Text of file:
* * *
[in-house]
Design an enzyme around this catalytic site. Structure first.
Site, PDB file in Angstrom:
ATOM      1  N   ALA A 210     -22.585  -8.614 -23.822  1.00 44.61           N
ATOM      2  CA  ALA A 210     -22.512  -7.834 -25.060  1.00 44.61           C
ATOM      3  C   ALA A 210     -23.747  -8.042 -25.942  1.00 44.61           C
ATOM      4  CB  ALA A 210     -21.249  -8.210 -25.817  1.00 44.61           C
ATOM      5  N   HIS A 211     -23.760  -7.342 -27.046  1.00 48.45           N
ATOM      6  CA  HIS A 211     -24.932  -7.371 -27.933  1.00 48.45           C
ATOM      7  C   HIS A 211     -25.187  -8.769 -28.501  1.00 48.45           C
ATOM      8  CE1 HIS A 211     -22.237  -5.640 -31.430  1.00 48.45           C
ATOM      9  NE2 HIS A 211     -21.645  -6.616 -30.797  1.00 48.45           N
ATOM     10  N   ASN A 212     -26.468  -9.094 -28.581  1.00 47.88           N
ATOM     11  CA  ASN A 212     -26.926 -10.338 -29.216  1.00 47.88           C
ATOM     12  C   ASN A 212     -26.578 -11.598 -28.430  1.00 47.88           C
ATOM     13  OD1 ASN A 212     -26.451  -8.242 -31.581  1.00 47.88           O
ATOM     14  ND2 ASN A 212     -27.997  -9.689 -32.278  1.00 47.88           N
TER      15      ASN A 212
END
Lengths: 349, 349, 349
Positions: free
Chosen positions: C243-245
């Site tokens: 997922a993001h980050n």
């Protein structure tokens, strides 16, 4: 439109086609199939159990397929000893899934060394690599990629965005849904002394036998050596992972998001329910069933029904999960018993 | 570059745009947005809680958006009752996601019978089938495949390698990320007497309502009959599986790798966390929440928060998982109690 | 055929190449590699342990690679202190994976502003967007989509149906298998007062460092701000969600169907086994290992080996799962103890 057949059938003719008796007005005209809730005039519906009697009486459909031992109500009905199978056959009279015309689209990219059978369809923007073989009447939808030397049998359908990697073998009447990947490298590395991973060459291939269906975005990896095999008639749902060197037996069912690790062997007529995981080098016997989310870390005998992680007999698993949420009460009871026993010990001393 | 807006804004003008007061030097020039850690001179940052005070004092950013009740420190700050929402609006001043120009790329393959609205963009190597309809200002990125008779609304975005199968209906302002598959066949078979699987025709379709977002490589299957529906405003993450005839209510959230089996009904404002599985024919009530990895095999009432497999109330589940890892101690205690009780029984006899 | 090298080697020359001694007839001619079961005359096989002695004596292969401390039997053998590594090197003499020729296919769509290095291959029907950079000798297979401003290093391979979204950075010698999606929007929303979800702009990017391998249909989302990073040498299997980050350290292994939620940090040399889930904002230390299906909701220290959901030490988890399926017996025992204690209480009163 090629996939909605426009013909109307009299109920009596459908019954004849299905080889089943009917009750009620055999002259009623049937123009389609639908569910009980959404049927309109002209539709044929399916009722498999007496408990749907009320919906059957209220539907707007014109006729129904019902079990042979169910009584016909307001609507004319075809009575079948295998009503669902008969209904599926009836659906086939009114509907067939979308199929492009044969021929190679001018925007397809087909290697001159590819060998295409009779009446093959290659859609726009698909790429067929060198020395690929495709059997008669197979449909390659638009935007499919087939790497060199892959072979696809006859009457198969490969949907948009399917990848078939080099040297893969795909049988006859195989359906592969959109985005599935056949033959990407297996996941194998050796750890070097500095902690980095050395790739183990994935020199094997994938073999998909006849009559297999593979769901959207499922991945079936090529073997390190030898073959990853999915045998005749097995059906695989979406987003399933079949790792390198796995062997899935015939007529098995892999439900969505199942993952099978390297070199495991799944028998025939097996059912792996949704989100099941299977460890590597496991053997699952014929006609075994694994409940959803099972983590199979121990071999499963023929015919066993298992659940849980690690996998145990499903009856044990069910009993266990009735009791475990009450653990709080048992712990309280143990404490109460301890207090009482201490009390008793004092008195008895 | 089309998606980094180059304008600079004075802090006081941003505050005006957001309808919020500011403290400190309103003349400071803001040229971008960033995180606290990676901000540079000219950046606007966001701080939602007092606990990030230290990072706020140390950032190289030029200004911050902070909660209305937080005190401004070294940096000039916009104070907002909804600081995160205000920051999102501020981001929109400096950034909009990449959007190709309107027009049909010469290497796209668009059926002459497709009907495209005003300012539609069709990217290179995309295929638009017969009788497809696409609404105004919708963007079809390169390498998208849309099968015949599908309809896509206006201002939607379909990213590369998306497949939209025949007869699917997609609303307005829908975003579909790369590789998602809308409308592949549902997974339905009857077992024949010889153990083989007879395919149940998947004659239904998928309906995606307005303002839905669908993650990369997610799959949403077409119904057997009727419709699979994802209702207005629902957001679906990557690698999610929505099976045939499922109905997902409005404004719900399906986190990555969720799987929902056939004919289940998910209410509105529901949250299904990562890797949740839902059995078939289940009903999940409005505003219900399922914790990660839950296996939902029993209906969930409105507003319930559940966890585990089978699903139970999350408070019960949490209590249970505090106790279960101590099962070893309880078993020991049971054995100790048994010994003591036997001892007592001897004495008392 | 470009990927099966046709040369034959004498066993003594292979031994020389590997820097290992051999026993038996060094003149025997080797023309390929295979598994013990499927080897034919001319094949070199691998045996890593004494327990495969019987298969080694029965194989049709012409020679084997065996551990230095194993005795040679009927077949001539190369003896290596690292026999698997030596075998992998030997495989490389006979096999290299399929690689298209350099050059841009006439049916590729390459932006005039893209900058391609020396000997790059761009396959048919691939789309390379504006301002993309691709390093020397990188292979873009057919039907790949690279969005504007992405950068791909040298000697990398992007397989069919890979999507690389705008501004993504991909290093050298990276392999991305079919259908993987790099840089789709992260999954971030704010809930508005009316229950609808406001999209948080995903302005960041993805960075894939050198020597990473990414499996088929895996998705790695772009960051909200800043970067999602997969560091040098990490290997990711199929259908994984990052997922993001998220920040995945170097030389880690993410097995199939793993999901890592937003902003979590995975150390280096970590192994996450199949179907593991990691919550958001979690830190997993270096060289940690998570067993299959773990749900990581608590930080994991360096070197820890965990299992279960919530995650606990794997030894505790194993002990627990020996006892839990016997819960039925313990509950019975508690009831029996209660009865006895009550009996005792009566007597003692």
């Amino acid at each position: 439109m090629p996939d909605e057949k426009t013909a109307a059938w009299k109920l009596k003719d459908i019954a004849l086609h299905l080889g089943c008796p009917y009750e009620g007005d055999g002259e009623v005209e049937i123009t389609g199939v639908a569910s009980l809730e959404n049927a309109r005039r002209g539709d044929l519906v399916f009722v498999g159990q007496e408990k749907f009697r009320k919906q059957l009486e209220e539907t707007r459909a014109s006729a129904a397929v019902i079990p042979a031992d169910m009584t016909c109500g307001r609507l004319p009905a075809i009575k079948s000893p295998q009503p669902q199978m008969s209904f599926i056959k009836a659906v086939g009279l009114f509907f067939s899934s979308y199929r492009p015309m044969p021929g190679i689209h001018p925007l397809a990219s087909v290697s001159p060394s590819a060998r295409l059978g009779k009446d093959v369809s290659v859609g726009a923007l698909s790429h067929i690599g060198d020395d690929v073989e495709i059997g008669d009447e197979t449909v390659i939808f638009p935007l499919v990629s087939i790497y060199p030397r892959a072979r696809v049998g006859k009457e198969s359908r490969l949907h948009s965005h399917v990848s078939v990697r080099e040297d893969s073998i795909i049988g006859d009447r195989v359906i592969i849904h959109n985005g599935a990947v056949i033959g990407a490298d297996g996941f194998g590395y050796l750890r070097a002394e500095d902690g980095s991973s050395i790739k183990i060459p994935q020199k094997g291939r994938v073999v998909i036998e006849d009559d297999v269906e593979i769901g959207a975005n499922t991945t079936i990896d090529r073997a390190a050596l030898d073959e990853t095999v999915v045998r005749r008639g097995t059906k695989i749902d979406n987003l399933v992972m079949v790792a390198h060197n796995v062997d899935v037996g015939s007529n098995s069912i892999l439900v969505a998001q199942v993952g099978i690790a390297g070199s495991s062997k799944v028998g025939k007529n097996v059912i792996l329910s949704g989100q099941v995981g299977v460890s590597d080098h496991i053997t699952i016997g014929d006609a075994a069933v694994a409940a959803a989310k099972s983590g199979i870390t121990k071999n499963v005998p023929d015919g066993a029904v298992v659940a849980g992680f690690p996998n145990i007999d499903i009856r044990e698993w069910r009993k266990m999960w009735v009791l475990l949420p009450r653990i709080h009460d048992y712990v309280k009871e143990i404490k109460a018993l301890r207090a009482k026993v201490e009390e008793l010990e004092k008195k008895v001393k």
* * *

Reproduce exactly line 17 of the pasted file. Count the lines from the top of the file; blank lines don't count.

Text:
ATOM     14  ND2 ASN A 212     -27.997  -9.689 -32.278  1.00 47.88           N